A new article by The Guardian entitled 'India grapples with wildlife-human conflict' examines the history and increase of clashes between local communities in India, including those bordering national parks, and wildlife such as tigers and elephants. Read the article to learn how India’s growing human population that is living in close proximity to wildlife is fueling this conflict, the ongoing debate regarding how to manage human-wildlife conflict, and recent cases of clashes in the region, including a tiger that reportedly killed ten people in India’s northern states of Uttar Pradesh and Uttarakhand.
Speaking with The Guardian, Panthera’s Tiger Program Coordinator, Sanjay Gubbi, explained, “If tigers kill people persistently, they have to be removed from the population at any cost. Capturing may be a popular option from an animal rights perspective, but in the larger conservation interest removing them is important. Man-eating incidences decrease public goodwill and degrade political will for wildlife conservation."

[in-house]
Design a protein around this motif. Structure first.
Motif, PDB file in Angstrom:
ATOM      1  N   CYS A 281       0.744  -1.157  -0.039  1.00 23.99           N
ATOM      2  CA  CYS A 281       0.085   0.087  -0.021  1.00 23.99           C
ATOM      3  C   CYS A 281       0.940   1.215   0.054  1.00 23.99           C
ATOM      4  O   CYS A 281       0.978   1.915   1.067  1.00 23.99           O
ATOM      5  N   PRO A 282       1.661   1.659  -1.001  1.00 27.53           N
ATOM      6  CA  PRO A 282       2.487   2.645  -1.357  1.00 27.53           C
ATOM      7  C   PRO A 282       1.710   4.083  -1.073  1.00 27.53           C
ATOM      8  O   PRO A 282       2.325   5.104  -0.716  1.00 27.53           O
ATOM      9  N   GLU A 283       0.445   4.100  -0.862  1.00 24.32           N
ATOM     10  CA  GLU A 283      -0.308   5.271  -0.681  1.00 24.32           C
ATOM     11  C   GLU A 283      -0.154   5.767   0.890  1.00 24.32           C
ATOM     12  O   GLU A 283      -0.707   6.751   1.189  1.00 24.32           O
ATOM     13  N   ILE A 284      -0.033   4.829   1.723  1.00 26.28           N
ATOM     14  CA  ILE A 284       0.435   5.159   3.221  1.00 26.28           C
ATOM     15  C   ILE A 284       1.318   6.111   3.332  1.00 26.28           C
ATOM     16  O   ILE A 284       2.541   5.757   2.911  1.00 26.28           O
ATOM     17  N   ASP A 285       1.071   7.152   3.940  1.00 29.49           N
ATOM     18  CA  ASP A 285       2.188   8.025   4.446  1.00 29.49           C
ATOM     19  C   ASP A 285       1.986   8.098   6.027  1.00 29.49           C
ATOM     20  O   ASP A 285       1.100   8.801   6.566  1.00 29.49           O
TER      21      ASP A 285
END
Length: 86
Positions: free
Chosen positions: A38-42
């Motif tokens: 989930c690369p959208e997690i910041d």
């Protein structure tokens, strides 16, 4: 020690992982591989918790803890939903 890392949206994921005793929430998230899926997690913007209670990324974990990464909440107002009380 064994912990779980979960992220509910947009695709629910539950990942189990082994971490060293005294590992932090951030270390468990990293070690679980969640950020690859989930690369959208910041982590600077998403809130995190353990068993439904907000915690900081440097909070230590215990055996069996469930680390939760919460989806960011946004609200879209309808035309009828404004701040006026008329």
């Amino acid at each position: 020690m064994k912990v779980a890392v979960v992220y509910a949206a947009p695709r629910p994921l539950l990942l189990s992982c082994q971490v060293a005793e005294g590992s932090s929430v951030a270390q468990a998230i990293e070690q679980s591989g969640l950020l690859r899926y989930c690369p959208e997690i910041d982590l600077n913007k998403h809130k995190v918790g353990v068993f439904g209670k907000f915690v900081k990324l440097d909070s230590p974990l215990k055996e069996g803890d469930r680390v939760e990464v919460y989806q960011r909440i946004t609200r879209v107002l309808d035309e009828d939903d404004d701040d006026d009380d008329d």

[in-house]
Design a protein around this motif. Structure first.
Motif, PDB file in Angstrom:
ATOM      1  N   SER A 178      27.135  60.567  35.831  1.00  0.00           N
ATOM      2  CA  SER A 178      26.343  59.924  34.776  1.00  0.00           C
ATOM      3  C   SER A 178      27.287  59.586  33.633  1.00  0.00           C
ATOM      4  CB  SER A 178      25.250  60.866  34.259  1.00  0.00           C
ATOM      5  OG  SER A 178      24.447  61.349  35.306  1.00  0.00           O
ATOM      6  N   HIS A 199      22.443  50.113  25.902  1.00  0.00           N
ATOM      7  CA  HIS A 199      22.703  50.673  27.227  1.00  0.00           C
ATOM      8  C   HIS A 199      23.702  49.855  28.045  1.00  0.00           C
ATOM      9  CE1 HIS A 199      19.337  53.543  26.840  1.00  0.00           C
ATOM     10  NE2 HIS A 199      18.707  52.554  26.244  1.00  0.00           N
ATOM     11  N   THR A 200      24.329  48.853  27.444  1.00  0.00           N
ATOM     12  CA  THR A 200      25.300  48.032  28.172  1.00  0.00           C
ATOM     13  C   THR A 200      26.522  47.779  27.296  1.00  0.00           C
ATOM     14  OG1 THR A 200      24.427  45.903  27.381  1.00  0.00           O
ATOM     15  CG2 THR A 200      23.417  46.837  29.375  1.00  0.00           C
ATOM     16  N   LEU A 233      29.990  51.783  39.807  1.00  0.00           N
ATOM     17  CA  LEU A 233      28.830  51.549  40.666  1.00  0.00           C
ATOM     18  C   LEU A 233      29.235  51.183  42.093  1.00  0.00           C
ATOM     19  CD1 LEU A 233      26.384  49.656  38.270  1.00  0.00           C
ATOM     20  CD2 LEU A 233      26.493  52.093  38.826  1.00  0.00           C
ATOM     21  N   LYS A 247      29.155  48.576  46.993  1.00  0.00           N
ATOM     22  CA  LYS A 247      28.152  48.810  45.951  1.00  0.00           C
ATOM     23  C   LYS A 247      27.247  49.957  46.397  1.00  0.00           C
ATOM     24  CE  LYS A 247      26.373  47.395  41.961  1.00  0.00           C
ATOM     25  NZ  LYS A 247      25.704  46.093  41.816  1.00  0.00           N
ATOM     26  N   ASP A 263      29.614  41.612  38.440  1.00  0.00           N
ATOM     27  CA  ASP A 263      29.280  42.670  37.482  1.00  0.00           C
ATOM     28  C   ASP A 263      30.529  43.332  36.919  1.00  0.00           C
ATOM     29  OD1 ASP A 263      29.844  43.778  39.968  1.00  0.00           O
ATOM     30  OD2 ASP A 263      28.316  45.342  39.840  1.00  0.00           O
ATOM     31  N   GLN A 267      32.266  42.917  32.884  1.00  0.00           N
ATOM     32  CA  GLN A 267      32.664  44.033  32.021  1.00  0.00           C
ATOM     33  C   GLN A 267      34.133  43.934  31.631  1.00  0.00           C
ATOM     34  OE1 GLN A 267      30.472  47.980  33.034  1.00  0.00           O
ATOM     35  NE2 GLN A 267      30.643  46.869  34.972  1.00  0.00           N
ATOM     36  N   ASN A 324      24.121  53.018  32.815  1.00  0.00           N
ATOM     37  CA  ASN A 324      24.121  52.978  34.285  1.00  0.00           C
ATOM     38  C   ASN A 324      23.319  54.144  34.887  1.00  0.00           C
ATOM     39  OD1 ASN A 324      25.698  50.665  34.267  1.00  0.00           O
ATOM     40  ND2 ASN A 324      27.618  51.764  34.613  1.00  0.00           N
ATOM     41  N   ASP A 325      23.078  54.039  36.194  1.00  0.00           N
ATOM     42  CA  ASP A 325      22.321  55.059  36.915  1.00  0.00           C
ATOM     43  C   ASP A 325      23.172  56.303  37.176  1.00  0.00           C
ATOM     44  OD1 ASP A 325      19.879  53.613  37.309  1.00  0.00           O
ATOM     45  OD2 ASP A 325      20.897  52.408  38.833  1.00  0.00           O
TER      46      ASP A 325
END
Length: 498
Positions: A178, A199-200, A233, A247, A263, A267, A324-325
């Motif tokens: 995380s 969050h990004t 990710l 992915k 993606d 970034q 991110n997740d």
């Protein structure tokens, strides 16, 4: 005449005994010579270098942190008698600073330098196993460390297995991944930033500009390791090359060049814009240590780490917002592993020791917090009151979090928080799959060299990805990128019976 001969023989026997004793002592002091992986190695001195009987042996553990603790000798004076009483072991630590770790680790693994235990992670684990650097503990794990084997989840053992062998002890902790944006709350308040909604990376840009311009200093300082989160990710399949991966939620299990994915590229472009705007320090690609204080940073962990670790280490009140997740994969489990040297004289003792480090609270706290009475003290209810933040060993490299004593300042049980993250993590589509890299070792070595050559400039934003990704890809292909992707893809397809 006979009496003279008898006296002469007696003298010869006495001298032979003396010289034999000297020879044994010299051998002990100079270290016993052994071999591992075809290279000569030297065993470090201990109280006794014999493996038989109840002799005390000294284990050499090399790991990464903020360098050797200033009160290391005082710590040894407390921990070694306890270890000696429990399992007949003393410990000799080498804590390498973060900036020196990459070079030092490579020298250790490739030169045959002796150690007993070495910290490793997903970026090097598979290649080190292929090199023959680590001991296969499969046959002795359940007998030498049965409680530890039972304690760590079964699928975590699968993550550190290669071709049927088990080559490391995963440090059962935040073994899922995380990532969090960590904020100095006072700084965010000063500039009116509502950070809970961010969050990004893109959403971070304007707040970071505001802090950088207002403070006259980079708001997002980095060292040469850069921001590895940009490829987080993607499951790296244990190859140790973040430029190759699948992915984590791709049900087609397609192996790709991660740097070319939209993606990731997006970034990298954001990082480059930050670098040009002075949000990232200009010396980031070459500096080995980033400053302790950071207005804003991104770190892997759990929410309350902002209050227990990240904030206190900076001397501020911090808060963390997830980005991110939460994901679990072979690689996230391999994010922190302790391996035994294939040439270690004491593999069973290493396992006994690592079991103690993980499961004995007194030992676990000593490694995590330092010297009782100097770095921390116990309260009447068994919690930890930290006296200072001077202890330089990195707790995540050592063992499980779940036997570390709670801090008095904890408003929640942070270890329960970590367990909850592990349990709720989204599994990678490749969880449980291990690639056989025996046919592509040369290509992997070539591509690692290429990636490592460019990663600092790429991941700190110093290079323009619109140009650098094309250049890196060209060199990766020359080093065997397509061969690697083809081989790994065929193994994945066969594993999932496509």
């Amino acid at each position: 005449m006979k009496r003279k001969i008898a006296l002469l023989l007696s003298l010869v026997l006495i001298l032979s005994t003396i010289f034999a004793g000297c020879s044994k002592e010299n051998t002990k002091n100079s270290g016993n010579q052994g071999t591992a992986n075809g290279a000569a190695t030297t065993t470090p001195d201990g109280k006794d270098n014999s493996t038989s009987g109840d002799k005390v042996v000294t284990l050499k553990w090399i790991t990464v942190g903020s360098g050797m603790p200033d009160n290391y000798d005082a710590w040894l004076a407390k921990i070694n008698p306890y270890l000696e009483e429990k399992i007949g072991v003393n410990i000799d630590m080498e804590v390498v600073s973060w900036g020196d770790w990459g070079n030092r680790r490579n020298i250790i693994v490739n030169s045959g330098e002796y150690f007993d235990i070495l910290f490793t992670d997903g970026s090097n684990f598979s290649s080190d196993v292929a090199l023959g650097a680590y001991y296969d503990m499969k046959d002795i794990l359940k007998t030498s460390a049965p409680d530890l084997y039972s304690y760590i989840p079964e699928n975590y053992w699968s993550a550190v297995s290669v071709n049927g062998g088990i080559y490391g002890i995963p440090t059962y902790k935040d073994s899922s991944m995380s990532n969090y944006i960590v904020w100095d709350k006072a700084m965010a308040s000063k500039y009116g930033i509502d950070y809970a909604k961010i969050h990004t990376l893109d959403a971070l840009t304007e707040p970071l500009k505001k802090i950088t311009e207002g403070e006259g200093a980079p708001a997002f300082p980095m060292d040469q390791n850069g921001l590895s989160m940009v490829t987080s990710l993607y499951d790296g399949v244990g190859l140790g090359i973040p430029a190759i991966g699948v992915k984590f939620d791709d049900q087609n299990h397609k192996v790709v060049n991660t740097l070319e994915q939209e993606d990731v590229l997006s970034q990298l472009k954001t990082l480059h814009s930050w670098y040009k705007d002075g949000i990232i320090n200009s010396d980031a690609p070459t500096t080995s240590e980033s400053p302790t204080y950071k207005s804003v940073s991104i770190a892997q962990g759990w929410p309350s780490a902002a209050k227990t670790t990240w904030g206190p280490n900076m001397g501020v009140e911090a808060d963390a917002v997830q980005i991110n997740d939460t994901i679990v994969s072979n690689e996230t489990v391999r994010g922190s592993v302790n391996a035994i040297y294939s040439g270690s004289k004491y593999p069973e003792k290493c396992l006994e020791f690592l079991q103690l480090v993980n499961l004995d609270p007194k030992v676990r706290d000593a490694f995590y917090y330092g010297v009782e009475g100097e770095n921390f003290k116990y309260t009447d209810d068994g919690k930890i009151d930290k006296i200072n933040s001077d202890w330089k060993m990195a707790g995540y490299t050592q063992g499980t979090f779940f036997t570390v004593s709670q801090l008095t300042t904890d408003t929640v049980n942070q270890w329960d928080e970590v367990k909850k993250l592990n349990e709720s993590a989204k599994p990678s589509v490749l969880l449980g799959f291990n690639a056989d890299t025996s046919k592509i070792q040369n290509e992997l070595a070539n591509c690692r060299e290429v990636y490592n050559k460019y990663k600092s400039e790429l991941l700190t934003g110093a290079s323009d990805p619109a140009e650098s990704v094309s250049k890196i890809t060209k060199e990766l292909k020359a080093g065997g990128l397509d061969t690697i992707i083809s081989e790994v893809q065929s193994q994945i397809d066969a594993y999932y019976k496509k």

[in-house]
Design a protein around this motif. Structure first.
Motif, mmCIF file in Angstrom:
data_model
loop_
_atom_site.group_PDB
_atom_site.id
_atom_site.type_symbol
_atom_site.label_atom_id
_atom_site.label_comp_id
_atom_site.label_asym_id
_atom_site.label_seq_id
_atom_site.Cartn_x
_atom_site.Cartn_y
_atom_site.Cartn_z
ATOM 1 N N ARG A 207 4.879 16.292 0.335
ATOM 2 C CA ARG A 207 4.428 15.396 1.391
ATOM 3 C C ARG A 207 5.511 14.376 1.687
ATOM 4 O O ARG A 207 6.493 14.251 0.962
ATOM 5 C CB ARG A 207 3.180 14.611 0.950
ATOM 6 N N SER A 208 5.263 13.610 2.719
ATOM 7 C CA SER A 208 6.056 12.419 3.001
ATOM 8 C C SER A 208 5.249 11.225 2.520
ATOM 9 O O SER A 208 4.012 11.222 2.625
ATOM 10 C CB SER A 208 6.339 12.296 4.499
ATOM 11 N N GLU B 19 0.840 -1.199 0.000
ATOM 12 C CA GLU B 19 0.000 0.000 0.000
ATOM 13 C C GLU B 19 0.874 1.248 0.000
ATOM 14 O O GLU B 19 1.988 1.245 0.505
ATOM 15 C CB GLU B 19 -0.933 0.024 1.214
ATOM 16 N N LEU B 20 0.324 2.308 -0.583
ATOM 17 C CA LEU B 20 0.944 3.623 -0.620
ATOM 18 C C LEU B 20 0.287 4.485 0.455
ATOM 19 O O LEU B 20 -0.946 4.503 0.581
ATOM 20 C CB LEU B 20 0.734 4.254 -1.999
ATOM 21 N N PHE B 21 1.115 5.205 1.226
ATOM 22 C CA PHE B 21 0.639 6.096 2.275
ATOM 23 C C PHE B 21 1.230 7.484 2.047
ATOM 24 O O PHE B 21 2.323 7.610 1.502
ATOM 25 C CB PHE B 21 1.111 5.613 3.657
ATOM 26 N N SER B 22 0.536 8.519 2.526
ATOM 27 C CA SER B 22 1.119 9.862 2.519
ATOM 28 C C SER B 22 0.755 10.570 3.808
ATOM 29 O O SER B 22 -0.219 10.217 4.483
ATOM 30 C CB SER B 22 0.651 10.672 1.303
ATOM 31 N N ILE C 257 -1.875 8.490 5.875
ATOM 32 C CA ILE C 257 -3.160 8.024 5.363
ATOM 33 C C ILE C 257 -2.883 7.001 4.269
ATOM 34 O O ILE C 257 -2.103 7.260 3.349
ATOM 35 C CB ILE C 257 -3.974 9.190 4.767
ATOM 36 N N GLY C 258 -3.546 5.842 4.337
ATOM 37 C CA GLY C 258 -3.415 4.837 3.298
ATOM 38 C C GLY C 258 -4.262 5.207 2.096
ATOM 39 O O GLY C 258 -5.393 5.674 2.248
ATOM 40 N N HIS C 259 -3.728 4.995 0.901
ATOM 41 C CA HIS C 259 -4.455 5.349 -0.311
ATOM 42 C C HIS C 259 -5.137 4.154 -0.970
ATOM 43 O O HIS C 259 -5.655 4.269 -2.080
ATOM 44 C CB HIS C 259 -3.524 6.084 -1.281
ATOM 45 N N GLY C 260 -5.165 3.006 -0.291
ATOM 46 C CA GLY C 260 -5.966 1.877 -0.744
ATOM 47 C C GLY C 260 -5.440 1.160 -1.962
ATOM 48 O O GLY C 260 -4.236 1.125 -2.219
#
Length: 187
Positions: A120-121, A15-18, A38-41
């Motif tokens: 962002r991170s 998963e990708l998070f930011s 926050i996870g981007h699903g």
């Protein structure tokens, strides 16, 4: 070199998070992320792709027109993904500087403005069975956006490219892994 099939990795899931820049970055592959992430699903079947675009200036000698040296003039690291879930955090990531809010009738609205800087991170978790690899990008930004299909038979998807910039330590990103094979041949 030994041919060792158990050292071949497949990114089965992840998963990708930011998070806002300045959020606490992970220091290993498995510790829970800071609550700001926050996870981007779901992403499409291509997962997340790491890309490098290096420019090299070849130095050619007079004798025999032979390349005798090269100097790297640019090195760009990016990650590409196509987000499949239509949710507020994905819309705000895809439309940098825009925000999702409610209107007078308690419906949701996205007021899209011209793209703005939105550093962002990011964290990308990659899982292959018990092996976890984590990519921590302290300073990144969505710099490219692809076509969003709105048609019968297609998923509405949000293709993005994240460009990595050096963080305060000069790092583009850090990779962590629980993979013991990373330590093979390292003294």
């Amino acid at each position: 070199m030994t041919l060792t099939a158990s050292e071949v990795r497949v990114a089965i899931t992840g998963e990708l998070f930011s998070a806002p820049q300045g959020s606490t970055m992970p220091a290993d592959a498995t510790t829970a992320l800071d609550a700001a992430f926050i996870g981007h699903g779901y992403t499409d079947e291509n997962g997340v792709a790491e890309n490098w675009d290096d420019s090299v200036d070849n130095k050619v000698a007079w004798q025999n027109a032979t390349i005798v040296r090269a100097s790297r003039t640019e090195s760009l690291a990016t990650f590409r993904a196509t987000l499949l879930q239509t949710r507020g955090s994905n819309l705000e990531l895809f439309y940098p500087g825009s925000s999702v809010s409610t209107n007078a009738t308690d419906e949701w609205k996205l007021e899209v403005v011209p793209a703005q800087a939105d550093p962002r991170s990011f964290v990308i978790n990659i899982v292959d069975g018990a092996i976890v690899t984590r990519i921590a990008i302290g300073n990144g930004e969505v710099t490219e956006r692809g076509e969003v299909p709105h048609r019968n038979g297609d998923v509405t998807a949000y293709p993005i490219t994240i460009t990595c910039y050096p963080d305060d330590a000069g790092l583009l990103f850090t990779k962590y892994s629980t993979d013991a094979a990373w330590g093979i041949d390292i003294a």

Gubbi continued, “As habitat available for wide-ranging species such as tigers reduce due to enormous economic and developmental pressures, we need to prepare ourselves with a larger goal for tiger conservation for this country. We have to decide that certain areas have to be prioritized for tiger preservation…”
Read the full article to learn what Gubbi and other conservationists had to say about the need for improved land use planning in India, the misuse and overuse of the term ‘man-eating tiger’ and how this can contribute to human-wildlife conflict, and more.
Learn about how Panthera is mitigating human-tiger conflict in India and beyond through the Tigers Forever program.